296. Memorandum From the President’s Special Assistant (Rostow) to President Johnson 1
Just before 1:00 p.m. this afternoon, Ambassador Dobrynin called on me to deliver orally the attached note. He left behind, however, his handwritten translation from which we typed up his communication, literally.2
When he had concluded, I raised the following points, after explaining that I had no other instruction except to receive his message and that what I was about to say was personal and informal.
- Had he, in informing Moscow, made absolutely clear the distinction between my formal message to him and our informal discussion?3 He said: “Absolutely.” But he evidently understood my major anxiety with this message, which was the phrase “questions named by the American side.” He knew that the Middle East and Vietnam had been raised in our conversation not by me but by him. He added, therefore, that the “two subjects of interest to the American side” had been “often discussed between him and Secretary Rusk.” I draw the conclusion, therefore, that in reporting he did not make it quite clear to Moscow that the notion of a Summit embracing the Middle East and Vietnam was, so far as our conversation was concerned, his idea and not mine, although I joined readily into the exchange of informal views.
- I recalled that I had given him copies of the Dirksen and Hruska speeches and noted that there was, perhaps understandably, no reference to Czechoslovakia in this message. I asked, then, was he sure that the men in Moscow understood the relationship of Czechoslovakia to any possible meeting? He said: “Certainly, absolutely.” I then asked what his personal view was about Czechoslovakia in the days ahead: would things get better, or worse? He said: “I believe, better.”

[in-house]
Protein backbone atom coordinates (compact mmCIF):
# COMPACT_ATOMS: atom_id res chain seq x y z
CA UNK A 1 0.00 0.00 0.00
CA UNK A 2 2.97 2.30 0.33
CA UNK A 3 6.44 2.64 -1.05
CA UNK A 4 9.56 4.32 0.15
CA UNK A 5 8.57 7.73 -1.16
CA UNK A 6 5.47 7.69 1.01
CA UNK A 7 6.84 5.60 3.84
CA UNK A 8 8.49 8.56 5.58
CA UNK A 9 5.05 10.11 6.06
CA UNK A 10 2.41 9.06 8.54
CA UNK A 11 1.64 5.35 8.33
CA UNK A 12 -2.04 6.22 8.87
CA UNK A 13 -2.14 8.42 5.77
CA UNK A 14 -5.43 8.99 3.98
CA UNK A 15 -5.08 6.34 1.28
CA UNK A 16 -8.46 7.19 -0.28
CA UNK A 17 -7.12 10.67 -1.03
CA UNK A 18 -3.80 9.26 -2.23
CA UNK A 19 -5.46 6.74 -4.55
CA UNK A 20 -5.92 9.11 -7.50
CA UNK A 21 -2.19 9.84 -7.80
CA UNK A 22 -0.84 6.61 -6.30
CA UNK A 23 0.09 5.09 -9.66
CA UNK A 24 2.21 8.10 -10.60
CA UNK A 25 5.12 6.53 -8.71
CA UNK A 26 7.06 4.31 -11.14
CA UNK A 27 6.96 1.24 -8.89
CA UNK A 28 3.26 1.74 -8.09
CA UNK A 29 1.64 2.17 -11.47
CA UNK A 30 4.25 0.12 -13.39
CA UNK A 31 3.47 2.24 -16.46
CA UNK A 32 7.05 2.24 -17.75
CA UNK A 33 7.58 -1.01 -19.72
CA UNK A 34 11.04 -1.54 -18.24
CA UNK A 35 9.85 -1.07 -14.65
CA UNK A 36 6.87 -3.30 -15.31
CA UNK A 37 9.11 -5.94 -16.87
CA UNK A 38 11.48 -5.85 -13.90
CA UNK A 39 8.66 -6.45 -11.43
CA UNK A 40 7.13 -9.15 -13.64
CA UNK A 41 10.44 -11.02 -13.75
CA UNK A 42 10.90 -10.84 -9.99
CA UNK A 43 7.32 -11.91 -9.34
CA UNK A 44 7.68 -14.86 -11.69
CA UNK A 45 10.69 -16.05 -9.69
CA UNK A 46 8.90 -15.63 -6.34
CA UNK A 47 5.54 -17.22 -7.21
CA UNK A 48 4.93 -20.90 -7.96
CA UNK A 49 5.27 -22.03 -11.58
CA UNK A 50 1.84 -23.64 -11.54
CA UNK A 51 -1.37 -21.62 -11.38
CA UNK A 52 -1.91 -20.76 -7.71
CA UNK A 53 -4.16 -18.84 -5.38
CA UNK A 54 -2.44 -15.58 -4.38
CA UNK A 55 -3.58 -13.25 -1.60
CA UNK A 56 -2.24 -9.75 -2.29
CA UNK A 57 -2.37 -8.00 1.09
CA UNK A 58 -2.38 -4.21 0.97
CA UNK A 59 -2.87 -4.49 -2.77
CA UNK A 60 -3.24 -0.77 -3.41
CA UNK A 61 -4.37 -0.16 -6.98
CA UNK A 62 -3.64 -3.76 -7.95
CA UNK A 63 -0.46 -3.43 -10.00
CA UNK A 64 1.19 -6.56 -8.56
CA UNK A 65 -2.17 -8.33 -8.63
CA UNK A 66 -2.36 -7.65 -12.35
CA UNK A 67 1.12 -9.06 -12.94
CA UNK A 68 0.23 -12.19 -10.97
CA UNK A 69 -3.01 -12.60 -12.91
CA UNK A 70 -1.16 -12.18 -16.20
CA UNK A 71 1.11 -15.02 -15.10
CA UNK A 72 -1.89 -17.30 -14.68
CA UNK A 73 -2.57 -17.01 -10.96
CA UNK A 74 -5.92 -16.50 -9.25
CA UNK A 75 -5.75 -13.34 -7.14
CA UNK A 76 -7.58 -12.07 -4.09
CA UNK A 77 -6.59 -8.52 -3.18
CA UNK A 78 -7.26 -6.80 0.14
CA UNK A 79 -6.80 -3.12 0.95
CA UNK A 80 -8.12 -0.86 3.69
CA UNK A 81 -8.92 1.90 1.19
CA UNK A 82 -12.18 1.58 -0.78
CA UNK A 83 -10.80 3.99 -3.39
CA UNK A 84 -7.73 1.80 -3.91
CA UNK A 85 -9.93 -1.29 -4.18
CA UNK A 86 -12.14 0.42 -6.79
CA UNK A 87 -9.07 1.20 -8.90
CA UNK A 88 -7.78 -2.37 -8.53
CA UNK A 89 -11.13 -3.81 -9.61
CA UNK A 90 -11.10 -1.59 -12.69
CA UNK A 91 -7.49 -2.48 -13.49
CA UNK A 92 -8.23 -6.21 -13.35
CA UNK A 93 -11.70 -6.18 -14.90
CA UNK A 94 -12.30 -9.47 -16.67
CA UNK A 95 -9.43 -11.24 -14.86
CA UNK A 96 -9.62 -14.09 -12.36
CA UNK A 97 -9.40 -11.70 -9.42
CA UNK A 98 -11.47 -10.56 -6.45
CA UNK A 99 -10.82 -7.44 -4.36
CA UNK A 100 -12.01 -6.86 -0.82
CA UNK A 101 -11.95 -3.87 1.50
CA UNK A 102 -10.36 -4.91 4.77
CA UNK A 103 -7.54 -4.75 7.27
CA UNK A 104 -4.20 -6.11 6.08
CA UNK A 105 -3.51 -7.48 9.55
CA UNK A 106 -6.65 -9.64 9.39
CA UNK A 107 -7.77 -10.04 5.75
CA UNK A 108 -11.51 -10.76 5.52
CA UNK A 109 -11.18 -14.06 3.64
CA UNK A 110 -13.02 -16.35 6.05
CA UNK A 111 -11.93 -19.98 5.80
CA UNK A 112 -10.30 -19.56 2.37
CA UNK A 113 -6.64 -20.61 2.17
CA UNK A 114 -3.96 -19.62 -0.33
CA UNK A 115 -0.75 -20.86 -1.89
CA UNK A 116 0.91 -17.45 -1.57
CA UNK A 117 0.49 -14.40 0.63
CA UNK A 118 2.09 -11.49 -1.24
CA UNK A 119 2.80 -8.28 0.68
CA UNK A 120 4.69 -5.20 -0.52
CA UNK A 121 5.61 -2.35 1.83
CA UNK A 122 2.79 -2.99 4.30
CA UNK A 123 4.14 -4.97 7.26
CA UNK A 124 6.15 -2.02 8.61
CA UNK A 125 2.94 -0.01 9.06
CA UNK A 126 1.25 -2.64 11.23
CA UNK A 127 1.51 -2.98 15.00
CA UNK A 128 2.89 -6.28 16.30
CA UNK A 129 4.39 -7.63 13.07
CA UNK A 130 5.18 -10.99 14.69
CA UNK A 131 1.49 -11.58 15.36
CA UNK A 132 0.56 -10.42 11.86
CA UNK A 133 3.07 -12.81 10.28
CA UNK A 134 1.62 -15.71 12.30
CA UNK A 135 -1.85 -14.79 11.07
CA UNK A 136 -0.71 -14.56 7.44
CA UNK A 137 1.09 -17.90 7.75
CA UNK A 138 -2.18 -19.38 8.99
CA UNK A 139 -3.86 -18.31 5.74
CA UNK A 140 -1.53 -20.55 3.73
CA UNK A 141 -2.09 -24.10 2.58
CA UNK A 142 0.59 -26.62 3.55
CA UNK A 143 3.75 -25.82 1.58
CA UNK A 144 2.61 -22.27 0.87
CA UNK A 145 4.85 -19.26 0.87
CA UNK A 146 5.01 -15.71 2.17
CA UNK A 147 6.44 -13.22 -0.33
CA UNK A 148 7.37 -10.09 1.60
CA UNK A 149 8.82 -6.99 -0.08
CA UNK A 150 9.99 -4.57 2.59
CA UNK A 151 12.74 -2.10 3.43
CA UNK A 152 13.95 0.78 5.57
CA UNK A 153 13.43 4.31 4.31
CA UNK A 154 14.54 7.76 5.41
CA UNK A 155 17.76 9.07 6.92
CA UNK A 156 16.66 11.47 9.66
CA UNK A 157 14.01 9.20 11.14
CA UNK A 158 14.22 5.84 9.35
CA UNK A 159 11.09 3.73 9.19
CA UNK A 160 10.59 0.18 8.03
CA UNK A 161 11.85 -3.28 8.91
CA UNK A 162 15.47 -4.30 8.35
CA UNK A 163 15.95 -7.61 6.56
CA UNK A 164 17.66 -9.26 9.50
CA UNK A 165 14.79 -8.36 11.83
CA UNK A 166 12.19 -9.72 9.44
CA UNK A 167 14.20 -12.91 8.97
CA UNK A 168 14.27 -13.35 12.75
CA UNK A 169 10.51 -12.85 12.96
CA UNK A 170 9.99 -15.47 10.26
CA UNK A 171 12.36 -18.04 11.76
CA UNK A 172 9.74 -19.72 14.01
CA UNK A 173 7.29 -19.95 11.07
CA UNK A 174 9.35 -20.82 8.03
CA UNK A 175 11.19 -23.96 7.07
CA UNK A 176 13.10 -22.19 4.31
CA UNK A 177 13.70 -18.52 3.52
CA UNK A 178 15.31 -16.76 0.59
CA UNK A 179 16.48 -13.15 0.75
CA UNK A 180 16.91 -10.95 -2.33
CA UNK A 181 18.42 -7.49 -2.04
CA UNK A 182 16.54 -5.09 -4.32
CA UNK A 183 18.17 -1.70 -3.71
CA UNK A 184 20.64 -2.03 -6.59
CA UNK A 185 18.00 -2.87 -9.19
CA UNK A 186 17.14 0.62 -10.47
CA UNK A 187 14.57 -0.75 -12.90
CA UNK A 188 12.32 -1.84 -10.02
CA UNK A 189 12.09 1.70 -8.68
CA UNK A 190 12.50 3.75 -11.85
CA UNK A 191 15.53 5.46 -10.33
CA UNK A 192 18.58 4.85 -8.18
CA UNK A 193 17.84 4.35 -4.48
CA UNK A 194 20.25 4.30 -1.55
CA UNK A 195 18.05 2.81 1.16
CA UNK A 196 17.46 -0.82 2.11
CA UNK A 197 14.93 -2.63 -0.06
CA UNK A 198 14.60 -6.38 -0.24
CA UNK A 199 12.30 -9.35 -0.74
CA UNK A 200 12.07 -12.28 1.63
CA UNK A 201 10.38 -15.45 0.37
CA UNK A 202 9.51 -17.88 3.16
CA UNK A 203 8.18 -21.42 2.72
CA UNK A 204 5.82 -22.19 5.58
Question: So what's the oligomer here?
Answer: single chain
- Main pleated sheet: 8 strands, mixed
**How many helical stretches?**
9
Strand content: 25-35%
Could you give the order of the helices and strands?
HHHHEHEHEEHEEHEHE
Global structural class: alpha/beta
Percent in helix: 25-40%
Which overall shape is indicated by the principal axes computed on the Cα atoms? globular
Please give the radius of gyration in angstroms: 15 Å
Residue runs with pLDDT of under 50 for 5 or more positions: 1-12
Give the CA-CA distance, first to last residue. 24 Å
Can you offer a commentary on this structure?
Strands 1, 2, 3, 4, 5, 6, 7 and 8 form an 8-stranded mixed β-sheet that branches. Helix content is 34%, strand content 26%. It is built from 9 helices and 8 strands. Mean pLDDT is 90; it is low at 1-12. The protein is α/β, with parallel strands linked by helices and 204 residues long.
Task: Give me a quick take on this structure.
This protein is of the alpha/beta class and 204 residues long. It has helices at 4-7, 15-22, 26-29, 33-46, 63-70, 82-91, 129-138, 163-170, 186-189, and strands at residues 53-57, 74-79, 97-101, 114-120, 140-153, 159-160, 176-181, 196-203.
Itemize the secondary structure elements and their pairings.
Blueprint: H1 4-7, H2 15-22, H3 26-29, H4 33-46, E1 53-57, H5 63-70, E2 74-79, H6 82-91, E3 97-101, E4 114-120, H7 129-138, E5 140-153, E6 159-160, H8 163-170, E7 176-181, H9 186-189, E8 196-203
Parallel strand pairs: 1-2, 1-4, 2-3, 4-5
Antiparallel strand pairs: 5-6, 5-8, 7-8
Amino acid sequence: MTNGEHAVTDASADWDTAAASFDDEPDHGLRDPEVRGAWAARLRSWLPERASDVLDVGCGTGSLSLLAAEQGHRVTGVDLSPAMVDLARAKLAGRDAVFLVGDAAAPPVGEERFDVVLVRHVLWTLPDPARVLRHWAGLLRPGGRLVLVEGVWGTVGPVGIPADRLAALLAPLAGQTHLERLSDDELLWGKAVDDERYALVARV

- He then asked me if I thought we would have an immediate response so that he should stay in town and not go to New York later this afternoon, remaining there Saturday.4 I said that if I were he, I [Page 702] would proceed to New York. He said he would certainly be back in town on Sunday and could return to Washington if there was urgency.
- In leaving, he asked if we could furnish him with a copy of the picture taken of him at the Cabinet table delivering the message on Czechoslovakia on August 20. I said that I would look into this somewhat ghoulish request.
- Source: Johnson Library, National Security File, Rostow Files, Chlodnick File. Top Secret; Sensitive; For the Eyes of the President and Secretary Rusk Only.↩
- The typed communication is printed below; the handwritten translation from which it was made is attached but not printed.↩
- See Document 295.↩
- September 14.↩
- No classification marking. The September 13 date is not included on the handwritten message.↩
- Brackets in the source text.↩